Following up on my last blog about commission sharing arrangements and client commission agreements (CSA credits), I wanted to talk about some of the unexpected consequences (or requirements) that fall out of offering these arrangements. Nothing here is bad or problematic, unless you don’t understand it or are ill-prepared to address some additional client needs.
Based on recent news in the trade press and feedback from recent meetings, it appears that commission dollars and volumes for some agency broker dealers are starting to grow again. That’s good news. We think it’s driven in part by the use of Commission Sharing, CSA agreements and the access to new research.
However, this also has another consequence. Clients want to view their unbundled execution costs, seeing how much they are paying for this research as well as having greater transparency into their execution costs. In fact, it’s clear that clients are asking for cost-plus arrangements.
What does this mean? Well, in order to maintain that client, you’ll need to systematically calculate the specific costs of each trade, including maker/taker fees, complex exchange fees, SEC fees and other charges. Clients now expect you to charge them these explicit fees with an agreed upon mark-up. No longer can you charge the typical $0.04-$0.05 all-in commission fee.
The moment you fail to show these explicit costs and verify the mark-up, you’ll lose those clients and commission dollars to the next broker-dealer who can. You’ll have lost a client and wasted the resources that acquired in the first place. Even as commission dollars begin to rise, no one wants to take for granted a client relationship and lose it simply due to their inability to provide transparency and cost-plus billing.
Are you prepared?
Over the past several years, with the market meltdown and the ‘flash crash” last May, overall commission dollars have continued to fall in capital markets. In 2010, commission dollars were down over 20%. There are projections of another ~20% drop in commissions for 2011 as well.
In the years leading up to the meltdown, brokerages had been reducing their execution costs to retain and/or grow revenues. A large shift to electronic trading, algos, and improved smart order routing shaved points off commissions rates and lowered the costs of execution.
However, in the past two years, execution isn’t the only issue. The buy-side is actively looking for “alpha-generating” ideas through better research. It’s been reported that more than 75% of buy-side firms use some form of commission sharing arrangement (CSA) to gain access to the research they need to lure retail customers back and improve the overall picture in capital markets. The other 25% is increasingly moving toward the use of CSAs as well.
Bulge bracket firms continue to invest in research and technology as full-service brokers, because they can afford to do so. The rest of the execution-only brokers will find it increasingly difficult to compete for commission dollars without research and CSAs to entice the “alpha seeking” crowd.
In the past two years, Firm58 has helped some of the leading brokerages create and manage CSA programs through our hosted technology solution. Our Software as a Service (SaaS) subscription model lends itself to institutional brokerages of all sizes because infrastructure and hardware costs are eliminated.
Firm58 is committed to continuing our focus on CSA program management. Recently, we added Mike Plunkett to our Board of Directors. Mike was President of Instinet, a company that had one of the most successful and longest-running CSA programs, ever. Mike’s insight into the market is already translating into actionable solutions for our clients and our company.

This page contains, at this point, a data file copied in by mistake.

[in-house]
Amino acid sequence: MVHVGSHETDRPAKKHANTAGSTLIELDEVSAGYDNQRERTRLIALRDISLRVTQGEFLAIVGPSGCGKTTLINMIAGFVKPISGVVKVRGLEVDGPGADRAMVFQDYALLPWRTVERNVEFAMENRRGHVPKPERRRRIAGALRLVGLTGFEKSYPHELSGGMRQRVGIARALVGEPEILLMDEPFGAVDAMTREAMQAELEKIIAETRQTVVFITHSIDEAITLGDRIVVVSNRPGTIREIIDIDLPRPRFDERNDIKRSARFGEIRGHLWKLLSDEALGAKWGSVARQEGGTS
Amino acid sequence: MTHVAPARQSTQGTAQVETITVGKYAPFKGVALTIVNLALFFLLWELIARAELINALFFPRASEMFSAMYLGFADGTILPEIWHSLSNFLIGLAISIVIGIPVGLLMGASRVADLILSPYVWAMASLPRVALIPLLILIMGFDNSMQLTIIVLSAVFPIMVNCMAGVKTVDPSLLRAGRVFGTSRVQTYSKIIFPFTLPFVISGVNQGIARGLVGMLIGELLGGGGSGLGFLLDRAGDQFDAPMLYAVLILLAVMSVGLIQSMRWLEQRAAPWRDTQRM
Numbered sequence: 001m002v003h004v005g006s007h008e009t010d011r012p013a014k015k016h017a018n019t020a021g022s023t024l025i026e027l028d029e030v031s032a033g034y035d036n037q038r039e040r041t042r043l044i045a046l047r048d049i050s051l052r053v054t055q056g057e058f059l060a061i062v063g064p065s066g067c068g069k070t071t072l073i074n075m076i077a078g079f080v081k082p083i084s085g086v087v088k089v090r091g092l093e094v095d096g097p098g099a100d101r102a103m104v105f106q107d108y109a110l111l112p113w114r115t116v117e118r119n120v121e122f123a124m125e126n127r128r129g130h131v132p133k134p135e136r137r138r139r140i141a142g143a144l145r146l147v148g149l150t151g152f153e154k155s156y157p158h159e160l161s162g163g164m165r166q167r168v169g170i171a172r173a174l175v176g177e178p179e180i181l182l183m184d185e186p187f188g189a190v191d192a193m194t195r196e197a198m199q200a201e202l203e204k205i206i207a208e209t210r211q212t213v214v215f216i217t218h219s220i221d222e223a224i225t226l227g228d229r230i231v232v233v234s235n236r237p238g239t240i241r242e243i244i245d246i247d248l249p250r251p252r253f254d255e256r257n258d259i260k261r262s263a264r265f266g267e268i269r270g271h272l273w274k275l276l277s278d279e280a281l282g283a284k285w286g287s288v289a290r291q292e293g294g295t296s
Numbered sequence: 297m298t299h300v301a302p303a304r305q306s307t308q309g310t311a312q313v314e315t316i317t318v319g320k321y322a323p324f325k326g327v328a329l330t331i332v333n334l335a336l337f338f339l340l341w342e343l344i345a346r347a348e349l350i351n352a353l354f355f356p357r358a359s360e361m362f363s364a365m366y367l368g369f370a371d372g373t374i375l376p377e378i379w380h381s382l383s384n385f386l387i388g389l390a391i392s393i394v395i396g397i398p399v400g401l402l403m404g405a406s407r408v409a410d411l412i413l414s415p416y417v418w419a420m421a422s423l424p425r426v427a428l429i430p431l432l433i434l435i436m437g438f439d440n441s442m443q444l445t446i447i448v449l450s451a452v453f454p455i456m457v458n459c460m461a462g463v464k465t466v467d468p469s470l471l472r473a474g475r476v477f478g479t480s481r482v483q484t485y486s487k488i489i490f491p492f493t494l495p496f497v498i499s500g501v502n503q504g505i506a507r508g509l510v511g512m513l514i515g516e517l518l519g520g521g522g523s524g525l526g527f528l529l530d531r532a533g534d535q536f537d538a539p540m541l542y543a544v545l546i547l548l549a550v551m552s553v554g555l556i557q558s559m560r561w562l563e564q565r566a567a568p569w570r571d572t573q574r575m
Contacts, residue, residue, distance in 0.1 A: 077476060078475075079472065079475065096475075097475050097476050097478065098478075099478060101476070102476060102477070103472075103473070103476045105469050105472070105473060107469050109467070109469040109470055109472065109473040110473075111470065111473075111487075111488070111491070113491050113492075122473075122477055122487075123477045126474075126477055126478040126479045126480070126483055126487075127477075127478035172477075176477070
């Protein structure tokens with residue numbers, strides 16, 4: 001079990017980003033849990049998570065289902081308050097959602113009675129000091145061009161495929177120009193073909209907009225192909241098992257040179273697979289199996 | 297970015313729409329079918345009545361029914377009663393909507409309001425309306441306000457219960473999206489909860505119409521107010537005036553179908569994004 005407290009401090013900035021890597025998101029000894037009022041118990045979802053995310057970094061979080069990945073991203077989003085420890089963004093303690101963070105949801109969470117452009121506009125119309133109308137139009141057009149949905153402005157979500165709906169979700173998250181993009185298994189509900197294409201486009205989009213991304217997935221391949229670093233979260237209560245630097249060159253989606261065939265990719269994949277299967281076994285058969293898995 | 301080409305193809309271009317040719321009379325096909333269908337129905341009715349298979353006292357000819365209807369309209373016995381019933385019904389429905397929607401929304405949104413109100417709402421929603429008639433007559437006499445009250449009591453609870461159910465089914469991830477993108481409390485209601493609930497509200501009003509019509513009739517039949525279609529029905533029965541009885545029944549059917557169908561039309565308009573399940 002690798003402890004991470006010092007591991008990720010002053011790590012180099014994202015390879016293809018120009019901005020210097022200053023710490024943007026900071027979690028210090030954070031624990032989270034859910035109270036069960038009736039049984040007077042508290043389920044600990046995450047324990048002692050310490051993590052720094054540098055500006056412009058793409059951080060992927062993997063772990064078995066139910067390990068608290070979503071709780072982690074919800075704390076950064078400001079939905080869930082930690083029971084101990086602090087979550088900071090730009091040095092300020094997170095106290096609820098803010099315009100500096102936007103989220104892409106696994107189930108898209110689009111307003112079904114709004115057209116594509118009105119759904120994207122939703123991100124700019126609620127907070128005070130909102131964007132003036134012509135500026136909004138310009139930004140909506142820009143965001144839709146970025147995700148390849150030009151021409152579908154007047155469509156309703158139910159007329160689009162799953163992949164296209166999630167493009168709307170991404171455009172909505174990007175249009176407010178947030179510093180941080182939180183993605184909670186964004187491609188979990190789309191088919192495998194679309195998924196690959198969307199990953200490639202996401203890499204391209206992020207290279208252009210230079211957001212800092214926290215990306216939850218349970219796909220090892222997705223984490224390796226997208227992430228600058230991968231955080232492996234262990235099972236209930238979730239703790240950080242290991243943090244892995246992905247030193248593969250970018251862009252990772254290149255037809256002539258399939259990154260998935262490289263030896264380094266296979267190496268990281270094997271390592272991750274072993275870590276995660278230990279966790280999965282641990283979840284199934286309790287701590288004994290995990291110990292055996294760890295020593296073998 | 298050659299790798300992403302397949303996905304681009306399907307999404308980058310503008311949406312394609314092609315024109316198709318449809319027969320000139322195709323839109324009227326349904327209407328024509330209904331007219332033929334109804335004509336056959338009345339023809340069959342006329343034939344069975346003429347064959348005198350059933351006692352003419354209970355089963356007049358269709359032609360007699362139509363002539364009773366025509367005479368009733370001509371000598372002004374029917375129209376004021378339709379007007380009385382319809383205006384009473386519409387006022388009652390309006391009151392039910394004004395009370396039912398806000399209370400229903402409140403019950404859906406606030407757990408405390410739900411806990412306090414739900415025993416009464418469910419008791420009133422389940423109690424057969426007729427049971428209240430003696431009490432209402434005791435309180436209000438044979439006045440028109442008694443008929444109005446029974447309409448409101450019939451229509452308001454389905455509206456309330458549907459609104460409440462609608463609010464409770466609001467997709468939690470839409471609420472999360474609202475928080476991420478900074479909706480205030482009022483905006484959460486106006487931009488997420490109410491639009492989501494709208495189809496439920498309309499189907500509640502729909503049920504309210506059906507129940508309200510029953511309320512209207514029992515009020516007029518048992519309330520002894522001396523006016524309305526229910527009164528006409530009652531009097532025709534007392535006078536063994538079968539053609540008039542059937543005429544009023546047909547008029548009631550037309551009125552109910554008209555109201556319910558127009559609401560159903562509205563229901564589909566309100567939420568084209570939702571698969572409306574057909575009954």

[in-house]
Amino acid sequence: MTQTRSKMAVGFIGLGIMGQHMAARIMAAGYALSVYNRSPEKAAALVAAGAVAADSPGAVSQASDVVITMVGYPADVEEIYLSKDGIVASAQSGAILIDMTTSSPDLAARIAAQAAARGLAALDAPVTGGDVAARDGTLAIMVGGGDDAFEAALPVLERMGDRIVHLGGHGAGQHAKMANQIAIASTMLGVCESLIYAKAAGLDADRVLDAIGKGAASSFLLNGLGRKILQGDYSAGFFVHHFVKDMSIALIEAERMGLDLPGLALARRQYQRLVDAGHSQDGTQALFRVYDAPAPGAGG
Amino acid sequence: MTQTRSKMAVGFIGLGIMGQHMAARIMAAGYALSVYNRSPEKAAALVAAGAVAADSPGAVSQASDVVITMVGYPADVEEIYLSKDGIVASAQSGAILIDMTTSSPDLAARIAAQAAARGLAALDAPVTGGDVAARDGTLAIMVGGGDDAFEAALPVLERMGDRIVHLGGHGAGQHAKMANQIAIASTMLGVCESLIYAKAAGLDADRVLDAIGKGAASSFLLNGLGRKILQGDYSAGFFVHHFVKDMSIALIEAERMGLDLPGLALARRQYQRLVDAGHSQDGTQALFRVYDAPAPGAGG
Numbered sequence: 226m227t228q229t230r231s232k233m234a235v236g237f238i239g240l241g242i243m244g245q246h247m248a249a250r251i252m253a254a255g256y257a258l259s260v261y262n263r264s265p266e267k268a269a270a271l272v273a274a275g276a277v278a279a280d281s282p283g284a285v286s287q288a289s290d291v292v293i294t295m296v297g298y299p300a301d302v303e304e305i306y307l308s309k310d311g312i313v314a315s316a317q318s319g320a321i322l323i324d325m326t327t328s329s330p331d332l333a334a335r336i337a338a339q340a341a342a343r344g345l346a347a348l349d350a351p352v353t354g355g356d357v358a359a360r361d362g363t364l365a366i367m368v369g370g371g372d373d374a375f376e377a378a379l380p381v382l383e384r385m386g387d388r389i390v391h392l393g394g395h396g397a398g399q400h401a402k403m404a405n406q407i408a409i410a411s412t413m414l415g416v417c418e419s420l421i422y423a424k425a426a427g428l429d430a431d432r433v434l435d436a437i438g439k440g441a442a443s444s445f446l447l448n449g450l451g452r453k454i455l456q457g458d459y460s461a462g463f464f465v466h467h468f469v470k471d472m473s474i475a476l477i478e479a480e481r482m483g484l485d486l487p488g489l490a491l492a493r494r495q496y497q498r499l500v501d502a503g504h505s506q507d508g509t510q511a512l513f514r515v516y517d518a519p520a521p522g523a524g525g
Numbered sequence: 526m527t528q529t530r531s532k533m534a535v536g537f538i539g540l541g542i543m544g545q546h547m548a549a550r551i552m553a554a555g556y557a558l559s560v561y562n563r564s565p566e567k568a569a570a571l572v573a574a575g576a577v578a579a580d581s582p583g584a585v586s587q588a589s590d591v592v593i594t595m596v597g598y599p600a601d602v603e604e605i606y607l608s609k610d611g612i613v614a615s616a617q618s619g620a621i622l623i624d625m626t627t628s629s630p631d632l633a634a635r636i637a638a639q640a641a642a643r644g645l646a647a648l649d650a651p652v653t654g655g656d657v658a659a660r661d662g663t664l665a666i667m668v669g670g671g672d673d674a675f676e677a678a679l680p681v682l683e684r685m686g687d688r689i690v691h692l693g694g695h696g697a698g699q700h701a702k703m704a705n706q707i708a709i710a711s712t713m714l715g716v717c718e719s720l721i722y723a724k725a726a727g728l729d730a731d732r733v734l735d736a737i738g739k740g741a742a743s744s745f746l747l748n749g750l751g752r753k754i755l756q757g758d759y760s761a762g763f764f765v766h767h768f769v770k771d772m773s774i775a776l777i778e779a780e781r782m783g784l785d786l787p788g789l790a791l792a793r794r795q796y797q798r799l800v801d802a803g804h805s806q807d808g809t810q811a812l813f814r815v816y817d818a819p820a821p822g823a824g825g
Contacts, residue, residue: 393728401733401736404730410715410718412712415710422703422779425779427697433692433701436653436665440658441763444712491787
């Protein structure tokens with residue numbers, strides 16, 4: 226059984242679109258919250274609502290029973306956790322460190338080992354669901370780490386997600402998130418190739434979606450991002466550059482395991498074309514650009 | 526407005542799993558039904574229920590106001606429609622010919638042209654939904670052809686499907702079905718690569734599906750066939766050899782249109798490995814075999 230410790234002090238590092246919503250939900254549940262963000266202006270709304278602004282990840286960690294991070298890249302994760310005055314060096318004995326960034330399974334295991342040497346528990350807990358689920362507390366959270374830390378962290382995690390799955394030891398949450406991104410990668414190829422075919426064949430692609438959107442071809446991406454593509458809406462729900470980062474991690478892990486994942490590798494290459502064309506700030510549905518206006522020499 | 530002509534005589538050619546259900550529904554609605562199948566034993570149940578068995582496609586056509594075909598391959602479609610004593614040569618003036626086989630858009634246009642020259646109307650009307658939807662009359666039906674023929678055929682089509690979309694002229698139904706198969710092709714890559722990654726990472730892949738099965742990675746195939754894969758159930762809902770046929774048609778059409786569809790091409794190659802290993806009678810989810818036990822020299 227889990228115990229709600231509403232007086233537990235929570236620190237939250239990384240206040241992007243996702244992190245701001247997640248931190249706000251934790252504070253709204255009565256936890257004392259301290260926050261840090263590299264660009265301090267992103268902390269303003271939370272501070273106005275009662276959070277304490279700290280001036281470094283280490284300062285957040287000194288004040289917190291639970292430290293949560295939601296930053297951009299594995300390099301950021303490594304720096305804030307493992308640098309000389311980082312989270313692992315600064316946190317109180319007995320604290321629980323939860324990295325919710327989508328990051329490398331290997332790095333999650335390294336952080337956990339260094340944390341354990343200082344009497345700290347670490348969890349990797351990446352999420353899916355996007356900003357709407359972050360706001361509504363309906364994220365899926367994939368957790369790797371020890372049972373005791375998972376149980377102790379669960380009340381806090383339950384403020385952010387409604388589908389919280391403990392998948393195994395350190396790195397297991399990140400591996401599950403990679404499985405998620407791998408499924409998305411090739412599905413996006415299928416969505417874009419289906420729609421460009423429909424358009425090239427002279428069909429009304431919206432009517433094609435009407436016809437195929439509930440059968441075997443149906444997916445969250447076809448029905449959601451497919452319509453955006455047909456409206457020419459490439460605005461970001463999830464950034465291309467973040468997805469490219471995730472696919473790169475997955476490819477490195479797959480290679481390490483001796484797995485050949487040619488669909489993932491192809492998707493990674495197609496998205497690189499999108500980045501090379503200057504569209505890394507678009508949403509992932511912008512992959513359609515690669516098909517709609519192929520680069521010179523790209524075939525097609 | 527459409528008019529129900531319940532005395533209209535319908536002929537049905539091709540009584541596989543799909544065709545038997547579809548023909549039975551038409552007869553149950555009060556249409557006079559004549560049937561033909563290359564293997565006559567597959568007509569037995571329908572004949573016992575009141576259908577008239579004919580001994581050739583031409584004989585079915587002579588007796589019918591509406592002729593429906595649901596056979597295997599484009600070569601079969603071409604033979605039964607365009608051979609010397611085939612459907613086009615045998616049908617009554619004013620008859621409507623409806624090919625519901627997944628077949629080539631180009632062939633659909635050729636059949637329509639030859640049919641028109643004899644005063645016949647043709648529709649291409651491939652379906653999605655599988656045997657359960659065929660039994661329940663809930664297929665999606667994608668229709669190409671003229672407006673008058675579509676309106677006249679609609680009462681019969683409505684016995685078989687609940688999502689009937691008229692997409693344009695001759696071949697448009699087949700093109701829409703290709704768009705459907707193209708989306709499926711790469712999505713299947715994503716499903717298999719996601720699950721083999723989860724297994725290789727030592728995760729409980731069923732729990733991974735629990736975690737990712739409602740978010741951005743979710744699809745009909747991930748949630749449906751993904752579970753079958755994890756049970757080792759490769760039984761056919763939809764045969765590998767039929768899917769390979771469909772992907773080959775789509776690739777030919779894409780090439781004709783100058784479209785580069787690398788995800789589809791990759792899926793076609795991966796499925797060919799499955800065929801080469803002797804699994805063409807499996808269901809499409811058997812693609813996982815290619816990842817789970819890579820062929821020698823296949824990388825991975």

How well prepared are you to handle this need for more and better research? Learn more about our CSA/soft dollar offering.
It surprises me that many broker-dealers we talk to still consider the act of “billing” or “invoicing” their clients for monthly trade activity an operational task, rather than a strategic leverage point. In an era of decreasing commission dollars and greater competition for order flow, shouldn’t everyone be looking to gain every advantage to maintain existing customer business, if not increase business?
At Firm58, we see two main reasons why broker-dealers are stuck in this operational mindset. First, some BDs simply state that “we’re charging ‘X’ mils and making a profit, why do I need to change?” The truth is, each customer has a unique set of demands, and receives differentiated levels of service.
Two retail customers don’t walk into a grocery store, fill up a shopping cart each and get charged the same amount of money for a shopping cart full of groceries. It all depends on what was purchased. Might the store make a profit with this strategy? Sure. In the short run, the average price might compensate but, over time, those that require less (or fill up the cart with less expensive goods) will shop down the street where they’re charged only for the goods they purchased.
On the other hand, those that fill up the cart with expensive items (are provided more than what they are paid for) will continue to fill up the cart with expensive goods and become smarter about asking for more, at the same price. Soon you’ll be left with customers that are eating away at profits, and your business will suffer.
Differentiated pricing that represents the costs of the services provided isn’t new in capital markets; it’s just sometimes ignored in favor of an “overall profitable trading business.” Shortsighted decisions like this come back to haunt firms.
Second, many firms don’t have the systems to properly charge for the services provided with a mark up for their costs, thus have to rely on a flat rate. Why is this so hard? Well, measuring the daily costs of trades made across many exchanges with complex fee structures, maker/taker fees, etc., is difficult. It takes investments in infrastructure and resources to manage this properly. These investments are typically viewed as “operational” and do not get the same level of commitment as those viewed as strategic (i.e., revenue generating).
But imagine being able to use this execution cost data to support smart order routing, or simply provide greater transparency to customers for compliance. If you consider all of the possibilities for tracking costs at this detailed level you’ll see it’s not a tactical cost, but in fact a strategic investment in your business and your customers.
For those that get it, pricing and billing both present a unique opportunity to differentiate services, maximize revenues of existing business, and generate new business (e.g., by offering competitive cost-plus billing). Those businesses that address these functions strategically will thrive in all economic cycles, not just the upswings.